This is my first ESO proposal. Any tip for a good start?
The "Rationale" section of the ESO Phase 1 proposal in p1 is the where you provide the scientific rationale of the proposal. This section is divided into two main parts:
- Scientific rationale
- Immediate objectives
You can also add figures to help the peer referees better understand the proposal goals.
TIP 1: The very first tip to write a good proposal is to have a very good idea! ;-)
However, there also some practical tips that expert users collected to guide young scientists in writing their first proposals. Here we report some of them and hope they could be of some help.
How to structure the Scientific rationale
There are three general approaches to writing your proposal: (1) hypothesis-driven; (2) need-driven; and (3) a hybrid of the two. Whatever is the nature of your proposal it would be helpful to structure your scientific rationale in this way:
- Opening Sentence. This should be a real ‘grabber’ of a sentence. Its purpose is to catch the attention of your reviewers immediately.
- Current Knowledge. The purpose of this component is to inform everyone at the review-panel table with respect to what is currently known, thereby allowing them to grasp the importance of the observations you will propose. In essence, what you are doing is setting up presentation of the gap in the knowledge base / unmet need that will be your application’s subject. You should present here your hypothesis or need or a combination of the two, depending on the nature of your proposal.
- Gap in the Knowledge Base / Unmet Need. You can offer either a gap in the current base of knowledge or an unmet need. The purpose of either approach – gap or need – is to delineate the subject of your proposal. The sentence must be simple, direct and must link back to the ‘current knowledge’ component as the deficiency that logically must be addressed next in order to advance the field.
- Gap / Unmet Need as an Important Problem. The purpose of this component is to assure that reviewers understand that continued existence of the gap / unmet need represents an important, basic problem that needs to be resolved.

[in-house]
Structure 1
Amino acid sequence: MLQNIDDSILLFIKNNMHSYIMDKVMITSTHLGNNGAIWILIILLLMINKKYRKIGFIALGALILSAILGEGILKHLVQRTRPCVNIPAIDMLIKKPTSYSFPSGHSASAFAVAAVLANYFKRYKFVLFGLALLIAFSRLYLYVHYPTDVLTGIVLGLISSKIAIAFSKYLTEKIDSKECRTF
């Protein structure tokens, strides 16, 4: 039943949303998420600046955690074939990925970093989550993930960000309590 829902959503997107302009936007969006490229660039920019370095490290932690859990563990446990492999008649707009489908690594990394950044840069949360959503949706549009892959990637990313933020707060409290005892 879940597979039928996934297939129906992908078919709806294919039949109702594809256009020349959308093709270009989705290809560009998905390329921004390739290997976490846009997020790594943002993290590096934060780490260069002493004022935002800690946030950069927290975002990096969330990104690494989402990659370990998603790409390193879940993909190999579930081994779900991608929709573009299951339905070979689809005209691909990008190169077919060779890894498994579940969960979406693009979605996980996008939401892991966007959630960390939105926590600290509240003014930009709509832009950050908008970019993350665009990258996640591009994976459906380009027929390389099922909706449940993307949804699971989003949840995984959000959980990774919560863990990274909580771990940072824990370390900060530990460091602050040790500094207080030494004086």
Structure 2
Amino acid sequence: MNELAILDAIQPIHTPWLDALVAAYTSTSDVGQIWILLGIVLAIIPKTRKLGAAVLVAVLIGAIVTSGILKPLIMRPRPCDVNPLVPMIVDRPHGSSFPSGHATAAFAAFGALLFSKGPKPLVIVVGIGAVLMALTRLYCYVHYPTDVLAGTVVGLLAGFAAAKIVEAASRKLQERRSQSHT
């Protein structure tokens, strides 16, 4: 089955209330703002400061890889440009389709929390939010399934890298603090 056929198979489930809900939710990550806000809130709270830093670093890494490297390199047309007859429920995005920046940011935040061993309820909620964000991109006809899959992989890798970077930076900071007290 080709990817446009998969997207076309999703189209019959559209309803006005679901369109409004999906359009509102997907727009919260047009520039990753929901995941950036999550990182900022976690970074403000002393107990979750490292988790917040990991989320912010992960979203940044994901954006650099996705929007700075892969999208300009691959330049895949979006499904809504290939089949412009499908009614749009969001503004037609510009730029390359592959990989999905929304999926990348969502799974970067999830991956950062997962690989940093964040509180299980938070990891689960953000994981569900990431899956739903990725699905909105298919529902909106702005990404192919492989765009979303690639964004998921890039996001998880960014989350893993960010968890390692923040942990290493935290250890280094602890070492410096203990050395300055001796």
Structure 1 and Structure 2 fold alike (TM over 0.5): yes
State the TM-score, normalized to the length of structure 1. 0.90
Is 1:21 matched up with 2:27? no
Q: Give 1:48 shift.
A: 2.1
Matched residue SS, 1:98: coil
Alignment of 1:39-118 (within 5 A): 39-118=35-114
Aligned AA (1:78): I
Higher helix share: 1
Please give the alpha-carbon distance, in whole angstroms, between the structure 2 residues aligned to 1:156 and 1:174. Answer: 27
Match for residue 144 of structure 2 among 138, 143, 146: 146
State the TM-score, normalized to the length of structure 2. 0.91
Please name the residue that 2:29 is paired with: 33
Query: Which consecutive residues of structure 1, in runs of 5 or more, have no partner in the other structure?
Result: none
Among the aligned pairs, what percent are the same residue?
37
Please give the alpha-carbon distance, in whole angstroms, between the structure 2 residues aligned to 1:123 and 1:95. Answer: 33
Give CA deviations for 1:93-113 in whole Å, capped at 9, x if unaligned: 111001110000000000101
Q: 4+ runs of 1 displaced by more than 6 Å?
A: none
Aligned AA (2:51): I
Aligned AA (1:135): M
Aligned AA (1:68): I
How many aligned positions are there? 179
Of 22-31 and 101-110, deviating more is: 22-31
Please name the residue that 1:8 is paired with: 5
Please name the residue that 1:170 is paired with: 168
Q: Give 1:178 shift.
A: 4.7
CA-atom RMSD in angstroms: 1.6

- What's to be done? The purpose of the last paragraph is to introduce reviewers broadly to what will be proposed and to convince them that the proposed observations is the ultimate solution.
TIP2: The purpose of the Scientific rationale section is to introduce conceptually what you will detail in later parts of the application. It is intended to ‘hook’ the reviewer’s interest, thereby making him/her want to read the details of how you plan to do what is proposed
TIP3: Setting up appropriate linkages between the individual components that constitute the Scientific rationale section is the key to establishing a linear progression of logic that will lead reviewers to a position of advocacy.
TIP 4: Keeping in mind who will be the reader is a key aspect for writing a successful proposal. As clearly state in the ESO Call for Proposal, the panels are supposed to cover a broad range of scientific areas. Thus, even if your proposal focuses on a very narrow area of research, make sure to emphasize its relevance also for general astrophysics, in a way that can be understood by your peers regardless of their expertise. In other words you need to find a balance between the level of details that will satisfy the expert reader and at the same time make your proposal enjoyable by a non expert. This is the trickiest aspect of the proposal writing. If you want to better understand who will be your reader, have a look at the ESO Distributed Peer Review (DPR) approach.
How to structure the Immediate Objectives section
The purpose of this component is to define what will be accomplished by the proposed observation. This objective must link back to the gap in the knowledge base / unmet need that you delineated in the first section, because the objective of any proposal must be to fill the gap / meet the need.
-The specific aims paragraph. Once the objectives are clear, you can list the specific aims pf the observations. This will present the specifics of what you propose. The purpose of your specific aims is either to test the parts of your central hypothesis or, if you are writing a purely need-driven application, to convey the tasks that will be undertaken to meet the need. With respect to linkage, your aims must grow out of, and be completely concordant with, your central hypothesis or objective.
- The payoff paragraph. The purpose of the ‘payoff’ paragraph, as its name implies, is to tell reviewers what they can expect to get from the proposed observation if they decide to approve your proposal. It is an especially important paragraph with respect to developing advocacy for obtaining your telescope time.